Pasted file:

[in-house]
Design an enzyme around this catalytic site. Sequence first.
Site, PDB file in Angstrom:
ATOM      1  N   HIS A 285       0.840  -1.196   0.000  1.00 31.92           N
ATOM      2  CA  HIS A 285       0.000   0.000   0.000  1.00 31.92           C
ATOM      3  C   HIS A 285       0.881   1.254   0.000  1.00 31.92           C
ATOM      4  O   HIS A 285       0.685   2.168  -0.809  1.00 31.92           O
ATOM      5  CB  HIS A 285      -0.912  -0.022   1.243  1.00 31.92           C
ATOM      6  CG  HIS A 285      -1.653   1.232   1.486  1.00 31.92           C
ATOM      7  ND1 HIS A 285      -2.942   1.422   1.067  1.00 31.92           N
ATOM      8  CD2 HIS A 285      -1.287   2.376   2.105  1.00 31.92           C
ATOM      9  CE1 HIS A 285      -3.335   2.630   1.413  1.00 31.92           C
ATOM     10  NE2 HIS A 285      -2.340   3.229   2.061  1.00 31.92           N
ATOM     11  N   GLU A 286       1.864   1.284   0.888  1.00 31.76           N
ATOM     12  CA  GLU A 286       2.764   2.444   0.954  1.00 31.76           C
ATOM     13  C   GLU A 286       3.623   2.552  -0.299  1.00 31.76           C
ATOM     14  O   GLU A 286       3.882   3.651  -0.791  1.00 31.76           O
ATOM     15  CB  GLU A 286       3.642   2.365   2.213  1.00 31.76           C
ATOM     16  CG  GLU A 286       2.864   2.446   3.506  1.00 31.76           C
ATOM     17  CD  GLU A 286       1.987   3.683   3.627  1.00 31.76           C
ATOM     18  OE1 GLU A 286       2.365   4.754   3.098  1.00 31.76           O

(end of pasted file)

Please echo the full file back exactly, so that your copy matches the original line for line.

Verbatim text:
[in-house]
Design an enzyme around this catalytic site. Sequence first.
Site, PDB file in Angstrom:
ATOM      1  N   HIS A 285       0.840  -1.196   0.000  1.00 31.92           N
ATOM      2  CA  HIS A 285       0.000   0.000   0.000  1.00 31.92           C
ATOM      3  C   HIS A 285       0.881   1.254   0.000  1.00 31.92           C
ATOM      4  O   HIS A 285       0.685   2.168  -0.809  1.00 31.92           O
ATOM      5  CB  HIS A 285      -0.912  -0.022   1.243  1.00 31.92           C
ATOM      6  CG  HIS A 285      -1.653   1.232   1.486  1.00 31.92           C
ATOM      7  ND1 HIS A 285      -2.942   1.422   1.067  1.00 31.92           N
ATOM      8  CD2 HIS A 285      -1.287   2.376   2.105  1.00 31.92           C
ATOM      9  CE1 HIS A 285      -3.335   2.630   1.413  1.00 31.92           C
ATOM     10  NE2 HIS A 285      -2.340   3.229   2.061  1.00 31.92           N
ATOM     11  N   GLU A 286       1.864   1.284   0.888  1.00 31.76           N
ATOM     12  CA  GLU A 286       2.764   2.444   0.954  1.00 31.76           C
ATOM     13  C   GLU A 286       3.623   2.552  -0.299  1.00 31.76           C
ATOM     14  O   GLU A 286       3.882   3.651  -0.791  1.00 31.76           O
ATOM     15  CB  GLU A 286       3.642   2.365   2.213  1.00 31.76           C
ATOM     16  CG  GLU A 286       2.864   2.446   3.506  1.00 31.76           C
ATOM     17  CD  GLU A 286       1.987   3.683   3.627  1.00 31.76           C
ATOM     18  OE1 GLU A 286       2.365   4.754   3.098  1.00 31.76           O